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9 in-demand cybersecurity certifications to help you land a high-paying position

What are the differences between various types of credentials? Flatiron School explains here so you can choose the one that’s best for your career.

Flatiron School students learning together. (Courtesy photo)

This guest post is sponsored by Flatiron School.

The cybersecurity industry is booming. With global events such as the pandemic, the shift to remote working, and an increase in the frequency and complexity of cyber attacks, global demand for cyber experts is high and rising.

This high demand coincides with an ongoing low supply of qualified professionals, making it prime time to break into the field. According to research by Cybersecurity Ventures, there were 3.5 million unfilled cybersecurity jobs last year — a 350% increase over the year before.

But, while the market is flooded with opportunities, the specialized nature of the cybersecurity industry means it also requires specific training. Candidates need proof of cybersecurity skills to secure these positions, and a cybersecurity certification can be what pushes one candidate’s application forward over another.

Are cybersecurity certifications worth it?

So, are cybersecurity certifications worth earning? In short, yes.

A 2021 survey by (ISC)² found that 70% of cybersecurity professionals reported that they were required to earn an industry-specific certification by their employer. These certifications also came with an average salary boost of $18,000.

On that note, here are the cybersecurity certifications you may want to consider at different levels of your career.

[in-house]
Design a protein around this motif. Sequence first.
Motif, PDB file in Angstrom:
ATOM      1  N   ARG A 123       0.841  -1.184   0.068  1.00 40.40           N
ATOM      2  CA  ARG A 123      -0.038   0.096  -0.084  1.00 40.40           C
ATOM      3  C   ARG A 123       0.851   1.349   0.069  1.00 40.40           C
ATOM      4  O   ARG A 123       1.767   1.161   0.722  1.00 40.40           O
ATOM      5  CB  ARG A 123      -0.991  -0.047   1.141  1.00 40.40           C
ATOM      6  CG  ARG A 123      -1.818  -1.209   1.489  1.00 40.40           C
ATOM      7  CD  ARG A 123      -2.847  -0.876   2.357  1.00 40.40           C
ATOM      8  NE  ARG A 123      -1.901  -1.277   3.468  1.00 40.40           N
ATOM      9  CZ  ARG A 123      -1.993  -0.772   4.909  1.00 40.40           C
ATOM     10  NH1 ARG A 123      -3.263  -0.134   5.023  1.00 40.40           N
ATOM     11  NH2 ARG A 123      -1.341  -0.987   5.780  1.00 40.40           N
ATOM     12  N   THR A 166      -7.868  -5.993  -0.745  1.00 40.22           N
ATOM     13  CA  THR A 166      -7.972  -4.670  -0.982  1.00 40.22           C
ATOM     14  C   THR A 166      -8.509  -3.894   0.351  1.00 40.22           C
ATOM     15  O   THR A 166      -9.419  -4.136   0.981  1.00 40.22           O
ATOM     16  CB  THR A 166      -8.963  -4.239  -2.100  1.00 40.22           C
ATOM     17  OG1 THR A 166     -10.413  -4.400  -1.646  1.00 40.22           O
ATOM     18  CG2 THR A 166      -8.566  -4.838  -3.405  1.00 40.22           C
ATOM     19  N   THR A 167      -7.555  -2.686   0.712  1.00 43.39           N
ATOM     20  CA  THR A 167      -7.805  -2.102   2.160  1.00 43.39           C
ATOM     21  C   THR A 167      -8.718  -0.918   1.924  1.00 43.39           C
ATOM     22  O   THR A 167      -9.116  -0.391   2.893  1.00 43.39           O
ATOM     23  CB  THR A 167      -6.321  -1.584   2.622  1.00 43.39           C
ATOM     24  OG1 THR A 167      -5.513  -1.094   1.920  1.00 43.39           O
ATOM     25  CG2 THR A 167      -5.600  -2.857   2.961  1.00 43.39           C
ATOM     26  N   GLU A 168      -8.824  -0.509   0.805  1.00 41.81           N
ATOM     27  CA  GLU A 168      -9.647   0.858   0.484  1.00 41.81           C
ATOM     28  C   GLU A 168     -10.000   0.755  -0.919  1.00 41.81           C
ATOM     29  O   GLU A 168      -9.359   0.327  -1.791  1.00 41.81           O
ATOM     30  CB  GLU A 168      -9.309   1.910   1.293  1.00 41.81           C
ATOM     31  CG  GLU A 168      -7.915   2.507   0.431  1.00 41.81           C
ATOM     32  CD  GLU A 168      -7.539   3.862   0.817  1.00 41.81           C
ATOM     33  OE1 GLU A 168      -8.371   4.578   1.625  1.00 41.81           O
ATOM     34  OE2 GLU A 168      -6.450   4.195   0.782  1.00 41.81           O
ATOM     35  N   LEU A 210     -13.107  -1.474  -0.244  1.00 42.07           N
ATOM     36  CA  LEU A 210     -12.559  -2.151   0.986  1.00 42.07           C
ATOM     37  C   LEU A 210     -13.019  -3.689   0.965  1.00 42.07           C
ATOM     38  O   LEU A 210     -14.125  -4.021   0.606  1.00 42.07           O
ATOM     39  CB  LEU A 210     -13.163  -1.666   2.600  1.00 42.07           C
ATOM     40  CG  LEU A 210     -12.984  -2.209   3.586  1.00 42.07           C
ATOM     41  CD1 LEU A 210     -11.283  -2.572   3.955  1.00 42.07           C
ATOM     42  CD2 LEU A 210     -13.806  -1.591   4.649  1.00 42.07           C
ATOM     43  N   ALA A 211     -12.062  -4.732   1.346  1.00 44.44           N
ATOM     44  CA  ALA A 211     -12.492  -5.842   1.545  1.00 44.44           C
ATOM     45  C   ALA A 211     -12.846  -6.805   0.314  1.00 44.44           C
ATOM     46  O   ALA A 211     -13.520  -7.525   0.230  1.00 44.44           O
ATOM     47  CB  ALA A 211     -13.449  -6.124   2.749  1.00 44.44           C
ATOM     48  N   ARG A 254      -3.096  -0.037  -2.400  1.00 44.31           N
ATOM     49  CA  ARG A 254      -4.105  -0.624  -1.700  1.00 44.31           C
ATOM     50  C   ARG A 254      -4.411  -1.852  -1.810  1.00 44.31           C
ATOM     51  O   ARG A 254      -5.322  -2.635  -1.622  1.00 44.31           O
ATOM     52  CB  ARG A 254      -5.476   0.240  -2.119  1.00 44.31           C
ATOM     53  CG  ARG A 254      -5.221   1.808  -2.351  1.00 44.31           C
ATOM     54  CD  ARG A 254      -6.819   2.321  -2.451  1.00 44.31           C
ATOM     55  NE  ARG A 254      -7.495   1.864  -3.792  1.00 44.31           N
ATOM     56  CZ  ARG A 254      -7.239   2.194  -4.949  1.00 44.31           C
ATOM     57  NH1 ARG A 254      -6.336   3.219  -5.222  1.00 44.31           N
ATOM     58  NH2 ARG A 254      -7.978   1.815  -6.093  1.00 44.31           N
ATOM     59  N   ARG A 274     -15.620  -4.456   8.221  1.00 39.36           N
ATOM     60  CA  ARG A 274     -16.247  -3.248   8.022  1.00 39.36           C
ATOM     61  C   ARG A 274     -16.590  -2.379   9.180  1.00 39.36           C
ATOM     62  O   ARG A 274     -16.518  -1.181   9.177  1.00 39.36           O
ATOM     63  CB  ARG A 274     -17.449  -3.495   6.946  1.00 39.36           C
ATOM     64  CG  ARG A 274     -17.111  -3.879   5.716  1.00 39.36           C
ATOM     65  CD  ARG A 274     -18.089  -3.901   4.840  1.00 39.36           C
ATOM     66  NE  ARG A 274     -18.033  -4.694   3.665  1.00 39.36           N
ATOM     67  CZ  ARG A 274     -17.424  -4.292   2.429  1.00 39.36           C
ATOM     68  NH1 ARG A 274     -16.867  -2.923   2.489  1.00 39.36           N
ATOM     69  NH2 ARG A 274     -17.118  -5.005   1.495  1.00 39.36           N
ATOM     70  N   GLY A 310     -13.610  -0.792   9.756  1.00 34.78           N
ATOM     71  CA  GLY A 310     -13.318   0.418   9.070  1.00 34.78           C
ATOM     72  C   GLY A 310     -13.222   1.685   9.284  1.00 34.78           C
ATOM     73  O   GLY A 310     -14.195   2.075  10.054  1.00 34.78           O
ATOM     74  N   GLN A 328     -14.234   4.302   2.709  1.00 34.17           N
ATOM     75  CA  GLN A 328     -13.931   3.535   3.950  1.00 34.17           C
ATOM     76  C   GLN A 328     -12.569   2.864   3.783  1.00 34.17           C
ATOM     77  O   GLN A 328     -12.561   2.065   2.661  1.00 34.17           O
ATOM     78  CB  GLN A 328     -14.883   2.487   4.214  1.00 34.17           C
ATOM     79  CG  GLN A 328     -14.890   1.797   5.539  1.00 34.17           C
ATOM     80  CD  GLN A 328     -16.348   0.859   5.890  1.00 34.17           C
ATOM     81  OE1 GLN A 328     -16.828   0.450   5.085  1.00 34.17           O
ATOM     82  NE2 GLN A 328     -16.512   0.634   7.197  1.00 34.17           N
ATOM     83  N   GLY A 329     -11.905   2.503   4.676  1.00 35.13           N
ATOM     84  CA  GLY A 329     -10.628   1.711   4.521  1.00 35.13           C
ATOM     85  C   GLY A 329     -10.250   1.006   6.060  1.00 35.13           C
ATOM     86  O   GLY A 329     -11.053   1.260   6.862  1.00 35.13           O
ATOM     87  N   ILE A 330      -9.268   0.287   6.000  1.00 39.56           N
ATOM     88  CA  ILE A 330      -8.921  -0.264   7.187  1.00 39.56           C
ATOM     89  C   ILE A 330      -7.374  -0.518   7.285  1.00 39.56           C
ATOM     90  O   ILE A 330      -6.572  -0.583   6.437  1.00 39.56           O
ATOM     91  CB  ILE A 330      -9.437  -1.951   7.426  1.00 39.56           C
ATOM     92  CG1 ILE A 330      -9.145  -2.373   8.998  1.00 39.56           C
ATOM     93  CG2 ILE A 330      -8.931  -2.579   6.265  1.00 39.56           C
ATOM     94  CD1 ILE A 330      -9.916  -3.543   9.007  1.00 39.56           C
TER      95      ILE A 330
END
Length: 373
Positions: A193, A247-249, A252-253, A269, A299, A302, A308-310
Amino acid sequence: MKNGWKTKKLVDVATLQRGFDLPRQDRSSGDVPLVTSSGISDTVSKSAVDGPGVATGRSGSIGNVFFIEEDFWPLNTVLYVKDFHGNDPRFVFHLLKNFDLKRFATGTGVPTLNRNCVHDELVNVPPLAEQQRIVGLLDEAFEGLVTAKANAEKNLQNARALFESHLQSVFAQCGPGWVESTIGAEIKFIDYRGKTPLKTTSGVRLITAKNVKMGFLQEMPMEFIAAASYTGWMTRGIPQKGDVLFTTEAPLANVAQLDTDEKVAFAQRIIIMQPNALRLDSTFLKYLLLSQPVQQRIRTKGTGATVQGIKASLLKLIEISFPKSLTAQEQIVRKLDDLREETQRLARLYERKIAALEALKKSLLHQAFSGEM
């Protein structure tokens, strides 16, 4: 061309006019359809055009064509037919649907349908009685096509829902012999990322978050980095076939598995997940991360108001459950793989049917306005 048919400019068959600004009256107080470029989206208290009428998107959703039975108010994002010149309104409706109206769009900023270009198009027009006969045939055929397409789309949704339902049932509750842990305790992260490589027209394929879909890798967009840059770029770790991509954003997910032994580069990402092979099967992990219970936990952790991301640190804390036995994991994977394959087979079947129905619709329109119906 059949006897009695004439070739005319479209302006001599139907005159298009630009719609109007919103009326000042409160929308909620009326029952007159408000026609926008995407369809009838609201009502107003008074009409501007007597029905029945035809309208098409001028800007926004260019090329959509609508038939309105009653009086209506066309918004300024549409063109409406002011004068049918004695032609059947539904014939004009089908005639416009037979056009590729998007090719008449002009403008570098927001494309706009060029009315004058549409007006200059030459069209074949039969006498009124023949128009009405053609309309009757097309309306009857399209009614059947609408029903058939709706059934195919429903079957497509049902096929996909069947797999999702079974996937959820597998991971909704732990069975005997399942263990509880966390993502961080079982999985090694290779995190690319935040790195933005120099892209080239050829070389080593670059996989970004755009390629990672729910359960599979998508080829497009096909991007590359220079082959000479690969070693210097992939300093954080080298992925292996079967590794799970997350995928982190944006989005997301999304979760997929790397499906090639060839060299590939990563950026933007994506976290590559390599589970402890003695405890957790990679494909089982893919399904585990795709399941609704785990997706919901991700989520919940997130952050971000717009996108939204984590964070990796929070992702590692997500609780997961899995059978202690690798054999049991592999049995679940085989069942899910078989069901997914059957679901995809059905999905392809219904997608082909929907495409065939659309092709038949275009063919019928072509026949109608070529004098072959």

Entry-level cybersecurity certifications

CompTIA Security+

The CompTIA Security+ certification focuses on foundational cyber skills. This certification rubber-stamps your ability to assess an organization’s security level, monitor and secure cloud, mobile, and IoT environments, and identify and respond to threats.

Attaining this certification can qualify you for roles such as:

  • Systems Administrator
  • Help Desk Manager
  • Security Engineer
  • Cloud Engineer
  • Security Administrator
  • IT Auditor
  • Software Developer

GIAC Security Essentials Certification (GSEC)

The GSEC is ideal for professionals with a background in information systems and/or networking that want to move into cybersecurity. This certificate validates security skills such as active defense, network security, cryptography, incident response and cloud security.

Attaining this certification can qualify you for roles such as:

  • IT Security Manager
  • Computer Forensic Analyst
  • Penetration Tester
  • Security Administrator
  • Software Development Engineer
  • IT Auditor

Systems Security Certified Practitioner (SSCP)

This certificate validates that you have the skills to design, implement and monitor a secure IT infrastructure. The qualifying exam features questions regarding access controls, risk identification and analysis, security administration, incident response, cryptography, and network, communications, systems, and application security.

Attaining this certification can qualify you for roles such as:

  • Network Security Engineer
  • System Administrator
  • Systems Engineer
  • Security Analyst
  • Database Administrator
  • Security Consultant

Mid-level cybersecurity certifications

Certified Information Systems Auditor (CISA)

This certificate validates your knowledge of assessing security vulnerabilities, designing and implementing controls, and reporting on compliance. It’s also one of the most recognized and sought-after credentials in cybersecurity auditing — a must-have for those looking to move up in the field.

Attaining this certification can qualify you for roles such as:

  • IT Audit Manager
  • Cybersecurity Auditor
  • Information Security Analyst
  • IT Security Engineer
  • IT Project Manager
  • Compliance Program Manager

Certified Information Security Manager (CISM)